The bay of Spezia is of considerable extent, and divided by a rocky promontory into a larger and smaller one. The town of Lerici is situated on the eastern point, and in the depth of the smaller bay, which bears the name of this town, is the village of Sant' Arenzo. Our house, Casa Magni, was close to this village; the sea came up to the door, a steep hill sheltered it behind. The proprietor of the estate on which it was situated was insane; he had begun to erect a large house at the summit of the hill behind, but his malady prevented its being finished, and it was falling into ruin. He had, and

this to the Italians had seemed a glaring symptom of very decided madness, rooted up the olives on the hill side, and planted forest trees; these were mostly young, but the plantation was more in English taste than I ever elsewhere saw in Italy; some fine walnut and ilex trees interiningled their dark massy foliage, and formed groups which still haunt my memory, as then they satiated the eye with a sense of loveliness. The scene was indeed of unimaginable beauty ; the blue extent of waters, the almost land-locked bay, the near castle of Lerici, shutting it in to the east, and distant Porto Venere to the west; the varied forms of the precipitous rocks that bound in the beach, over which there was only a winding rugged foot-path towards Lerici, and none on the other side ; the tideless sea leaving no sands nor shingle,-formed a picture such as one sees in Salvator Rosa's landscapes only: sometimes the sunshine vanished when the scirocco raged—the ponente, the wind was called on that shore. The gales and squalls, that hailed our first arrival, surrounded the bay with foam ; the howling wind swept round our exposed house, and the sea roared unremittingly, so that we almost fancied ourselves on board ship. At other times sunshine and calm invested sea and sky, and the rich tints of Italian heaven bathed the scene in bright and ever-varying tints.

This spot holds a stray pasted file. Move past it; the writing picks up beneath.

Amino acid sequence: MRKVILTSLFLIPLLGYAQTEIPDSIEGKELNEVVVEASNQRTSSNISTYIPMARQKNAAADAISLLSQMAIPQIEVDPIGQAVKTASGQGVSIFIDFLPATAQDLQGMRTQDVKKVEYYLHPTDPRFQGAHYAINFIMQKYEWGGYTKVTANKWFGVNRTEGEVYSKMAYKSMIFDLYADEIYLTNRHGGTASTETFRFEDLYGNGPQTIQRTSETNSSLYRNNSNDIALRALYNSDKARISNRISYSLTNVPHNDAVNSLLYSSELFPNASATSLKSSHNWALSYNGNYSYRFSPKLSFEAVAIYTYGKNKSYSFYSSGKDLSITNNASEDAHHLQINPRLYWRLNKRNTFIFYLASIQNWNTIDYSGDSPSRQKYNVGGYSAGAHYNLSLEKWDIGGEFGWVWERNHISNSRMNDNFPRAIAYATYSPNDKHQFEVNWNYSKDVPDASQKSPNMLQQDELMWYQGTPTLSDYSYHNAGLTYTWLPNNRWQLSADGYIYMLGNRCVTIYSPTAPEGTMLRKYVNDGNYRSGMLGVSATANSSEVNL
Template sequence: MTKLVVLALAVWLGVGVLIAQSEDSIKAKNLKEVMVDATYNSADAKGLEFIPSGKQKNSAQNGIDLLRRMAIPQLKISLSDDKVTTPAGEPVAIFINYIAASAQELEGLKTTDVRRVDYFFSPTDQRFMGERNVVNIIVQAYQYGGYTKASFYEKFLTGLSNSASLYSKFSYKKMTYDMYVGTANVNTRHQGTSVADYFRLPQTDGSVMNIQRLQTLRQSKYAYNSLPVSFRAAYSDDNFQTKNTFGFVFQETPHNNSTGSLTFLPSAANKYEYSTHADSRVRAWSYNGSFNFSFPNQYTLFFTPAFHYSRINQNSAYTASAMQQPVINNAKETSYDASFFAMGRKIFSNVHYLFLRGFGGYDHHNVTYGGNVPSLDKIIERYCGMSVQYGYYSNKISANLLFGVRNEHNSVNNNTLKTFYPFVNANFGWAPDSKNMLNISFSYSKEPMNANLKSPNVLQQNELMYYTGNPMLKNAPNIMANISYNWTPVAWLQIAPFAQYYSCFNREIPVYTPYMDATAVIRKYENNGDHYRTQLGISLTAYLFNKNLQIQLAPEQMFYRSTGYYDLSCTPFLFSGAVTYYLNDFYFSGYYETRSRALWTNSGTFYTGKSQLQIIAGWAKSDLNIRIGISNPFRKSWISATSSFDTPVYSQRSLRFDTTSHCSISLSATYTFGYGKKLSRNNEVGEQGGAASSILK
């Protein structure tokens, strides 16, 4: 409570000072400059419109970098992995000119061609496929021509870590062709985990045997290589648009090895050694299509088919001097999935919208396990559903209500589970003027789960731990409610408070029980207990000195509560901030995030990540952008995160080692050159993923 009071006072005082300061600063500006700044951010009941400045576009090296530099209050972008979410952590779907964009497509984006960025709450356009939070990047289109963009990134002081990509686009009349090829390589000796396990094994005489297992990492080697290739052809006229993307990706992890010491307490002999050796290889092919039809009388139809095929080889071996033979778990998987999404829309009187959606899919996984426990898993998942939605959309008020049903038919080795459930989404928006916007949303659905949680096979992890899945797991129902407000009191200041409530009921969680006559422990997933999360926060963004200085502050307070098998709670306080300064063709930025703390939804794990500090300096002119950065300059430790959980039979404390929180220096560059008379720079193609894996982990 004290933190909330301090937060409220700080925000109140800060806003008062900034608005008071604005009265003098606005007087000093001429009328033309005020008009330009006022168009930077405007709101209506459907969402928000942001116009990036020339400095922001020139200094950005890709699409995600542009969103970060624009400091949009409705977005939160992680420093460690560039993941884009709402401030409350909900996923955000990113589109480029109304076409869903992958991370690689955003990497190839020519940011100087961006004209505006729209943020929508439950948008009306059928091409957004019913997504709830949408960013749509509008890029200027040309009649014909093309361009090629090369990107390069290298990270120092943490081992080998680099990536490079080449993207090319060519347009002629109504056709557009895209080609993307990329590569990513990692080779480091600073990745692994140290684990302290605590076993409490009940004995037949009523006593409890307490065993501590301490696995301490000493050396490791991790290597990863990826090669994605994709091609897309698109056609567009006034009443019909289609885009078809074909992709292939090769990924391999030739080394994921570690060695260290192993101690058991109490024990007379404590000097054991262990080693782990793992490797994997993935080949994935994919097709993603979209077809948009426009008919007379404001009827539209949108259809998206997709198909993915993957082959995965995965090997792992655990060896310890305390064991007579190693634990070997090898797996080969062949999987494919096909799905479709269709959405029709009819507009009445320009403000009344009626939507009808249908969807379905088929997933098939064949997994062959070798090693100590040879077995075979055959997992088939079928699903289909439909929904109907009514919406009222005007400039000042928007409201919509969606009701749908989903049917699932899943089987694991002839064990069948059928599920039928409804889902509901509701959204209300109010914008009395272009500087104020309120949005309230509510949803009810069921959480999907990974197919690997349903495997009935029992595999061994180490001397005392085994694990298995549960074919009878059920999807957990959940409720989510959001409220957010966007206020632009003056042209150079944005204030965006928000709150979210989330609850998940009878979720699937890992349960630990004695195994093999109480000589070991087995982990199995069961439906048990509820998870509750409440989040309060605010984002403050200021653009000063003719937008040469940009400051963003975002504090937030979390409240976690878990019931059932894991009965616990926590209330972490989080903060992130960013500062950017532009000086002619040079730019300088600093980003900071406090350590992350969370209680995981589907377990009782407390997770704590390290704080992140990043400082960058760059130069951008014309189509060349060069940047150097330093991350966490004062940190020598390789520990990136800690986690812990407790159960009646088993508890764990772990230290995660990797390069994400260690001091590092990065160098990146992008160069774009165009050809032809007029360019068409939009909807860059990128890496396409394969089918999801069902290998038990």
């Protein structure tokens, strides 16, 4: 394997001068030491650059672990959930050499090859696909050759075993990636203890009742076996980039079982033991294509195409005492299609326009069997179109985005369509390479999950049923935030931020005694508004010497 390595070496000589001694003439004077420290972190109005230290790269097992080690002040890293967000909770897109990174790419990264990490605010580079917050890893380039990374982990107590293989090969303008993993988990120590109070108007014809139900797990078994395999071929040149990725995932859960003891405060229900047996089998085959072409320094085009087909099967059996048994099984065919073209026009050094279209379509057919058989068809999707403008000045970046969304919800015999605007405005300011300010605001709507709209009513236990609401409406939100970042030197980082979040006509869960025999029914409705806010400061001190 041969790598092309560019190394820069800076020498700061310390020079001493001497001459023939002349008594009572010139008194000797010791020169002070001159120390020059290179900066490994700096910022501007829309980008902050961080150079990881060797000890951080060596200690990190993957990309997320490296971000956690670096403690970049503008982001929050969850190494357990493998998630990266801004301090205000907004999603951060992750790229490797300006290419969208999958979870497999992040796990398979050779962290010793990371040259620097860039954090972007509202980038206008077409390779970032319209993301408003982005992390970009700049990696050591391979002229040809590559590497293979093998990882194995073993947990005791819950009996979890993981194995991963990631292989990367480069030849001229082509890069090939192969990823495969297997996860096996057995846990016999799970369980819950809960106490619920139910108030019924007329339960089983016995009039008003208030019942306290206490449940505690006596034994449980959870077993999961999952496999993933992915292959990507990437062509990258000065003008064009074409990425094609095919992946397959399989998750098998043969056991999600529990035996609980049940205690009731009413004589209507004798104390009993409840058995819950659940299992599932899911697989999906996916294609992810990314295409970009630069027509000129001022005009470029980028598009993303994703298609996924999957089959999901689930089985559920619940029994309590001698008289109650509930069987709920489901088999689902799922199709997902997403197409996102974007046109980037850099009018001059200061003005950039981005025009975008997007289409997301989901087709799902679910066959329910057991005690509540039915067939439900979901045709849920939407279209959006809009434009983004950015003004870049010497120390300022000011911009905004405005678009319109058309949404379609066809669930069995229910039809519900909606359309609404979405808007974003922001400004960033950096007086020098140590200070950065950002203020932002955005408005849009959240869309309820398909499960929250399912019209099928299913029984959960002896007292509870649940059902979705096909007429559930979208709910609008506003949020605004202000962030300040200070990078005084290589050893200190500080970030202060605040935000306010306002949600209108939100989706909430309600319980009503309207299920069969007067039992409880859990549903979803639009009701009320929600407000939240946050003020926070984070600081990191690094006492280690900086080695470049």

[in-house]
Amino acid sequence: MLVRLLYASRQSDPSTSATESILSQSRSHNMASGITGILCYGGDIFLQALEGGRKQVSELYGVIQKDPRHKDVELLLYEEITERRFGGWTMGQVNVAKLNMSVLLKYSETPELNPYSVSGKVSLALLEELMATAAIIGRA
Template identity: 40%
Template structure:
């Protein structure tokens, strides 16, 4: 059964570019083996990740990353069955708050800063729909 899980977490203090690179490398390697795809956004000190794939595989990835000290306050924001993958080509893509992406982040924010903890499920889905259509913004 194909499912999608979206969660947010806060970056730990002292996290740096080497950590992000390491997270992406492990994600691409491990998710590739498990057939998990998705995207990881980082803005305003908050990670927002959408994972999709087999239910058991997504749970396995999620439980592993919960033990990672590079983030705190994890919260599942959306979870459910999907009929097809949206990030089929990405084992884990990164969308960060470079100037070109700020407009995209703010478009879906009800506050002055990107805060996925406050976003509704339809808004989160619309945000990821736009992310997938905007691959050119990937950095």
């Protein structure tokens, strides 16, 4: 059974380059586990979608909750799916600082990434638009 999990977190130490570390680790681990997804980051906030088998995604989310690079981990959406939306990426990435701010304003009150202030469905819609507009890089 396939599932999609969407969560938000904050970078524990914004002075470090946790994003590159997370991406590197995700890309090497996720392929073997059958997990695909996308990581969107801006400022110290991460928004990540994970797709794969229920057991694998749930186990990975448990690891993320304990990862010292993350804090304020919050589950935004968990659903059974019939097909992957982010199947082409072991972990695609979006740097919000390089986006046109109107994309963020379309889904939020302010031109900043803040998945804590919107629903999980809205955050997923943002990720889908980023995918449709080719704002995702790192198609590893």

The natives were wilder than the place. Our near neighbours, of Sant' Arenzo, were more like

savages than any people I ever before lived among. Many a night they passed on the beach, singing or rather howling, the women dancing about among the waves that broke at their feet, the men leaning against the rocks and joining in their loud wild chorus. We could get no provisions nearer than Sarzana, at a distance of